Study Design.: Biomechanical cadaveric bench study. Objective.: To measure the augmentation effect and extravasation risk of posterior and lateral approaches to sacroplasty. Summary of Background Data.: The biomechanical stabilizing effect of sacroplasty is unknown. Methods.: Using a sacral insufficiency fracture model, we performed sacroplasty in 15 osteoporotic cadaveric pelves. Five served as controls, and 10 were each injected with 4 mL of a polymethylmethacrylate cement (5 via a posterior approach, 5 via a lateral approach). Cement extravasation was assessed using computed tomography. Restored strength and stiffness were defined as the ratios of treatment to initial strength and to stiffness, respectively. Between-group differences in restoration parameters were checked for significance (P < 0.05) using an analysis of variance followed by Tukey's test. Results.: We found no significant differences between groups in terms of restored strength (∼61%) and stiffness (∼77%). Both injection methods produced extravasation into the anterior sacrum, the posterior sacrum, the sacroiliac joint, and the neural foramens. Conclusion.: Sacroplasty with 4 mL of cement does not restore the strength or stiffness of the sacrum in a cadaveric model, regardless of the approach used.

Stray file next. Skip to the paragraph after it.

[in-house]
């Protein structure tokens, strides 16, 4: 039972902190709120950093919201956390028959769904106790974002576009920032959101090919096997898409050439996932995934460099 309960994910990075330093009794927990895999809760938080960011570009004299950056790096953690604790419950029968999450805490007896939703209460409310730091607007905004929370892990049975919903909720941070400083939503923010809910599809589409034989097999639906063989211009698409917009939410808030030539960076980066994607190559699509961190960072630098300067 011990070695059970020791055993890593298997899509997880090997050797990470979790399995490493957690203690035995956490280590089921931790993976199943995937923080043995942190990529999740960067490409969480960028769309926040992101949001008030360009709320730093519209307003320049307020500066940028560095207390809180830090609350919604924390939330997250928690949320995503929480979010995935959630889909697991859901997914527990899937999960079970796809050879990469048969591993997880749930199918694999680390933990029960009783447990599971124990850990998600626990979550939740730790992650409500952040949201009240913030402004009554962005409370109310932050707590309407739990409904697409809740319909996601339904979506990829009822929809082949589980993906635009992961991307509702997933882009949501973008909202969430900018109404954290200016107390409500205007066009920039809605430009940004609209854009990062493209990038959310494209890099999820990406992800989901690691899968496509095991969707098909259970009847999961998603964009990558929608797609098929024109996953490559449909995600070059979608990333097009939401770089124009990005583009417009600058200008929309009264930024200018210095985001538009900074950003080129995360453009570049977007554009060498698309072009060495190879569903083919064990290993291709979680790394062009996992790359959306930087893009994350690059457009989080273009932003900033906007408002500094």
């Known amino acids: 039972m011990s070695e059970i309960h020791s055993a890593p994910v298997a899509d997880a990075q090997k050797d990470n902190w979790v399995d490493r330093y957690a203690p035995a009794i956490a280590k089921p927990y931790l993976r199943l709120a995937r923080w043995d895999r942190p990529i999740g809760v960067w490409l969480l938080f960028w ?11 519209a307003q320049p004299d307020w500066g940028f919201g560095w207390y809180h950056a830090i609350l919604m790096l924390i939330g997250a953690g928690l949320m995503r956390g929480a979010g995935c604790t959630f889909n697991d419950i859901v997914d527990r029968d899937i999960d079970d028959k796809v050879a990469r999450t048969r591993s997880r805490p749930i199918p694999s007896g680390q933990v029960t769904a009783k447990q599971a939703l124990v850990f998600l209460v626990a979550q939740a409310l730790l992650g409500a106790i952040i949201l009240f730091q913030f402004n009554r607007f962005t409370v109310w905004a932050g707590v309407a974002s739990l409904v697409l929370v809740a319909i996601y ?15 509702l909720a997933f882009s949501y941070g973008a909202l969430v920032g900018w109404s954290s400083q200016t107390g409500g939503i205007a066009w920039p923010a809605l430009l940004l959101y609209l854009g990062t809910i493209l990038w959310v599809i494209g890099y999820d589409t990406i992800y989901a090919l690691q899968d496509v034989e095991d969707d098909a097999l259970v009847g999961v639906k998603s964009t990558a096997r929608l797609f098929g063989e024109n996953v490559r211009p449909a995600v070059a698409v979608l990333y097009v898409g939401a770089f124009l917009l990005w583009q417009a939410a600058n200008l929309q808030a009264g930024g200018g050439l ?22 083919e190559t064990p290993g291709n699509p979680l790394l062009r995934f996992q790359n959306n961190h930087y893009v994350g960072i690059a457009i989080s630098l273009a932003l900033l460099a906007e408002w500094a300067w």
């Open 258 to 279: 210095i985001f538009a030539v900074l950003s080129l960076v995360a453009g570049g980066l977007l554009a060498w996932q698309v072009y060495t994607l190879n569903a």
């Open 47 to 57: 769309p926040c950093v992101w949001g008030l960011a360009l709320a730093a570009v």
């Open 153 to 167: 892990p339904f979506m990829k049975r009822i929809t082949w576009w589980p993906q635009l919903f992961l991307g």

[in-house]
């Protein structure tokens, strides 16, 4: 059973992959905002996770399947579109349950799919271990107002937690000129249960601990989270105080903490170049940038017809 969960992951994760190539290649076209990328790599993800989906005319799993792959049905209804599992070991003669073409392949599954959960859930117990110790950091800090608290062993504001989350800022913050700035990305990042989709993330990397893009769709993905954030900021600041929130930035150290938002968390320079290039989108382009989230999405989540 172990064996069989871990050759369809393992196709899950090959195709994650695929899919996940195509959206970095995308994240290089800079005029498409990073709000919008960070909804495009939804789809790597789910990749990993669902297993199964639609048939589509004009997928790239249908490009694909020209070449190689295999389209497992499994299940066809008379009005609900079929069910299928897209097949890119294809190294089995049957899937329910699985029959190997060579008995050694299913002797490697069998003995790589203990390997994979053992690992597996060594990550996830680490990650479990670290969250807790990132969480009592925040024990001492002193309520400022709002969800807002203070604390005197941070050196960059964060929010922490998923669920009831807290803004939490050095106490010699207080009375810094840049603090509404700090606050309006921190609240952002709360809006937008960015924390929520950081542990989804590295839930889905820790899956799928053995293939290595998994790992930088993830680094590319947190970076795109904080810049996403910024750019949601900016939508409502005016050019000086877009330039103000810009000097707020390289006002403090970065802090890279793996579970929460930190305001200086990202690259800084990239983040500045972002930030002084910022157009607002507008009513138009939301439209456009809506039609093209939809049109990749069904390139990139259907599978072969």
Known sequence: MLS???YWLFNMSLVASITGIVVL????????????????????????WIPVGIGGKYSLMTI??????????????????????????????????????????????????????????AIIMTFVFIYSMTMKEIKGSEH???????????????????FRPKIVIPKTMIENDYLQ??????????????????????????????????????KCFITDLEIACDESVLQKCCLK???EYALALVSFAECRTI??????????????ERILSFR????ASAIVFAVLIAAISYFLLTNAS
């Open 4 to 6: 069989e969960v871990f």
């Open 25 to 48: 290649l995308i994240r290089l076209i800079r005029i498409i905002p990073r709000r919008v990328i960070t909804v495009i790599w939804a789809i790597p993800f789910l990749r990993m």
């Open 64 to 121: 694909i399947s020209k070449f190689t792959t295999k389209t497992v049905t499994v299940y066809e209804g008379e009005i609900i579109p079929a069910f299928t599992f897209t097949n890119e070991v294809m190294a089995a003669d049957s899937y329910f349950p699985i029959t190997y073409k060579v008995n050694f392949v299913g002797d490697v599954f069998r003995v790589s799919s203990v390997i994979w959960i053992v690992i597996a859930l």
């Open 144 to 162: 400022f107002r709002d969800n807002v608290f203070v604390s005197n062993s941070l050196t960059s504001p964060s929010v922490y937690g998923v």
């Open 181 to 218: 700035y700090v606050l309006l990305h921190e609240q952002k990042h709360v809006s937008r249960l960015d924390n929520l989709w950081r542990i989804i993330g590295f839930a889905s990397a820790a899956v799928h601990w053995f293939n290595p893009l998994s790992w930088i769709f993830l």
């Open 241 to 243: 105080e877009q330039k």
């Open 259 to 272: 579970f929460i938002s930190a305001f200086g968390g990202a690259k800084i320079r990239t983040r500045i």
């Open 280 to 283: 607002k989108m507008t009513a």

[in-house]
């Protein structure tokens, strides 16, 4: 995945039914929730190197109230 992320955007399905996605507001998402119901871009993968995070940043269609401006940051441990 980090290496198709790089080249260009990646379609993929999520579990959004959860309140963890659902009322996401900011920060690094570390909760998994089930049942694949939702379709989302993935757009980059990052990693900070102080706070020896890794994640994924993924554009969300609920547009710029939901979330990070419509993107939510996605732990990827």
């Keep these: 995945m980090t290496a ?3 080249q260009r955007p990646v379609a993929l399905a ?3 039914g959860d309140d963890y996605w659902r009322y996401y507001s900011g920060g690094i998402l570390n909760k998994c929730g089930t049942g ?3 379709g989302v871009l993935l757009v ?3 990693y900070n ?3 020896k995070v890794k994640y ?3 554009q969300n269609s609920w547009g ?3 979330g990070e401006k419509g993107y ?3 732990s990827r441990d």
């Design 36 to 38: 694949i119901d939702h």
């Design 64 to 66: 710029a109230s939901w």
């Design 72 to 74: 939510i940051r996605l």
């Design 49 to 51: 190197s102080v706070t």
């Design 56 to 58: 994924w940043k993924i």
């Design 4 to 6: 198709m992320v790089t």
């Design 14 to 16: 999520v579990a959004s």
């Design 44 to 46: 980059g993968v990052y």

- Insufficiency fracture
ASJC Scopus subject areas
- Orthopedics and Sports Medicine
- Clinical Neurology